Josh: It’s been back and forth. We did the first tour, went to New York and Boston, Montreal and Ottawa, came back for a bit and went out again. We’re playing Chicago on Saturday.

Sabrina: Now that you mentioned New York, I think of Brooklyn. That’s where you first broke out, isn’t it?

Josh: Yeah, definitely! I don’t know how that happened, really. The first two labels that put out my records were based out of Brooklyn.

Sabrina: As a result, do you relate to that music scene better?

Josh: I guess I relate to it in the sense that a lot of bands in Brooklyn are doing along the same lines as what I’m doing, or the other way around. Musically, I do fit in better there. We played the Captured Tracks/Woodsist Festival; it was all bands on those labels like the Crystal Stilts. It was amazing. But I have a bit of both scenes going on now. Toronto is where I live, where I’ve grown up and everything. So I enjoy the scene, but the New York scene is pretty cool too.

Sabrina: And next up is a tour with You Say Party! We Say Die!?

Josh: In November, which should be cool.

Alison Preece: One last question: what was the first show that you played ever?

Josh: My first show ever? That would have been at a community centre at the Beaches when I was in grade 9. I was in a really shitty metal band called Ficus. It was hilarious.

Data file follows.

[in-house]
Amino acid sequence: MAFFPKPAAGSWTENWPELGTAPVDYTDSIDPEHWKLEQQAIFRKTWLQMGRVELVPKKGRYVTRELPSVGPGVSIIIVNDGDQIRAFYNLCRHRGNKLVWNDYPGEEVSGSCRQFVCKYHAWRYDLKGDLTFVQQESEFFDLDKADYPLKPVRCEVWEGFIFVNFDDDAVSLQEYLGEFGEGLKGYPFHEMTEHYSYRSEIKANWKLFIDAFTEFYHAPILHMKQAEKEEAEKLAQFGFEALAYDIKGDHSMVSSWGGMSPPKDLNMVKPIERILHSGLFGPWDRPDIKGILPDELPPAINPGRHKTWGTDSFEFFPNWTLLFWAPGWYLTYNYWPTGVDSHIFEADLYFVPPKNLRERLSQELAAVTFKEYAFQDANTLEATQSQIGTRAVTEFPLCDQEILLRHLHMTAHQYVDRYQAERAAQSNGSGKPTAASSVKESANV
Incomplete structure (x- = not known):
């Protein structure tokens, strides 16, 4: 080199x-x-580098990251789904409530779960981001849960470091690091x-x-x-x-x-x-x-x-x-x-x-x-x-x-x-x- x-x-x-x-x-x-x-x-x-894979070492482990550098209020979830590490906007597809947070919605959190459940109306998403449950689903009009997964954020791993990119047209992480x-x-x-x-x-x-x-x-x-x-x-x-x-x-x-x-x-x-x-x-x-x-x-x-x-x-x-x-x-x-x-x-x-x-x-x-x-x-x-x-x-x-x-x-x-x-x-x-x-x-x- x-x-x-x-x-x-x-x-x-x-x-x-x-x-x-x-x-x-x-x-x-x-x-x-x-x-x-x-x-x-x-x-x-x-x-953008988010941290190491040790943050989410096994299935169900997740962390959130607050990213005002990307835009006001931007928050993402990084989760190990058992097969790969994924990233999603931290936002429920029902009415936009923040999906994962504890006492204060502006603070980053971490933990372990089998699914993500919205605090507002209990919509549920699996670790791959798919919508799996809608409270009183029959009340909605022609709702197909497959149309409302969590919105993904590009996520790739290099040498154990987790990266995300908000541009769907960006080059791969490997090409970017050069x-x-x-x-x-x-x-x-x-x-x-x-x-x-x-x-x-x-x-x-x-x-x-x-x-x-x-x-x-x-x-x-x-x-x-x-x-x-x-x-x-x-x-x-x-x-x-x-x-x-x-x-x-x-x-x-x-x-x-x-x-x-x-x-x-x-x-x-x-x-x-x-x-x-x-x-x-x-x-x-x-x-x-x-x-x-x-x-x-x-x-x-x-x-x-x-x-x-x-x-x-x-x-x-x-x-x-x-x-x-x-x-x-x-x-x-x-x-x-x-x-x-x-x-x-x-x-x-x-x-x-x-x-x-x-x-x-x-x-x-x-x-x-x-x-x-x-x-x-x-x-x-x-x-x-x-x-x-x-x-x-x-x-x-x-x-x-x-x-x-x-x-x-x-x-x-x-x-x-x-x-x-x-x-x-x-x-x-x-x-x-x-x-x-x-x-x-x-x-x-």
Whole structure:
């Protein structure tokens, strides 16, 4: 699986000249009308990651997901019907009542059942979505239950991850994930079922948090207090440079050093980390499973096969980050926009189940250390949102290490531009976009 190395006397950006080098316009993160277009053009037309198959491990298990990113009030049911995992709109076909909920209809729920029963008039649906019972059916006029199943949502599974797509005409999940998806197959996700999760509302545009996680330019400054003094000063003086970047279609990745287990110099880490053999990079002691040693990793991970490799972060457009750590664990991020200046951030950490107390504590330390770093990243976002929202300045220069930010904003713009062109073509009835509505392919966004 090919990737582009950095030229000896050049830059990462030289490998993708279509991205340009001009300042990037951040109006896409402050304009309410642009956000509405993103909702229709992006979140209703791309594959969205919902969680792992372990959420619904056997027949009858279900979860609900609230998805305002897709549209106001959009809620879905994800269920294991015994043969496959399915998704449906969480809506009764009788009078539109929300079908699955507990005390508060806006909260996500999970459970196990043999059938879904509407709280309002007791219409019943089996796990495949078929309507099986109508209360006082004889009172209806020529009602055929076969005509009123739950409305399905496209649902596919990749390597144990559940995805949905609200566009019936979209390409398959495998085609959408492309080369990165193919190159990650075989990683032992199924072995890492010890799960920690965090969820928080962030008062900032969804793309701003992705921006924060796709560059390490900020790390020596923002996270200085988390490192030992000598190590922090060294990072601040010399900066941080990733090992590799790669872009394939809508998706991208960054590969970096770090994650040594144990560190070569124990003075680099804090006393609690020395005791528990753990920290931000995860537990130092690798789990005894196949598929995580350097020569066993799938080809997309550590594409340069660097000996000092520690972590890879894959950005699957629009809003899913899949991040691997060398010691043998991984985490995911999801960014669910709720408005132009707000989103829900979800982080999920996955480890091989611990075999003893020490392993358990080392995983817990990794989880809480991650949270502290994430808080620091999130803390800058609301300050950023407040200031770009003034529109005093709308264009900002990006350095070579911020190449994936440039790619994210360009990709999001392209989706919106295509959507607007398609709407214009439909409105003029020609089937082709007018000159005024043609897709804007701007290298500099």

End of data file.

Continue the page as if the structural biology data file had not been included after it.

Sabrina: Were you playing all original material?

Josh: Oh yeah, I could play around two chords on the guitar, I had just picked it up. Our drummer knew nothing. We were pretty much just making a bunch of noise and having fun.

Sabrina: On that note of noisy fun, we’re going to grab our earplugs. I have a feeling its going to be a loud show.

Josh: It’s going to be loud, I’m forewarning you.


— , October 13, 2009    4 Comments

Great interview, got me to listen to the music, which I also like.

— Kevin, October 13, 2009

Little Girls are opening for You Say Party! We Say Die! and Japandroids during Halifax Pop Explosion. After reading the interview I’m really excited to see the show.

Jan, October 14, 2009

That top photo isn’t Brittany Shepherd

— xx, October 29, 2009

Nope, the top one is from Paper Bag Records official site ( The caption refers to the two photos directly above it.

— Sabrina Diemert, November 1, 2009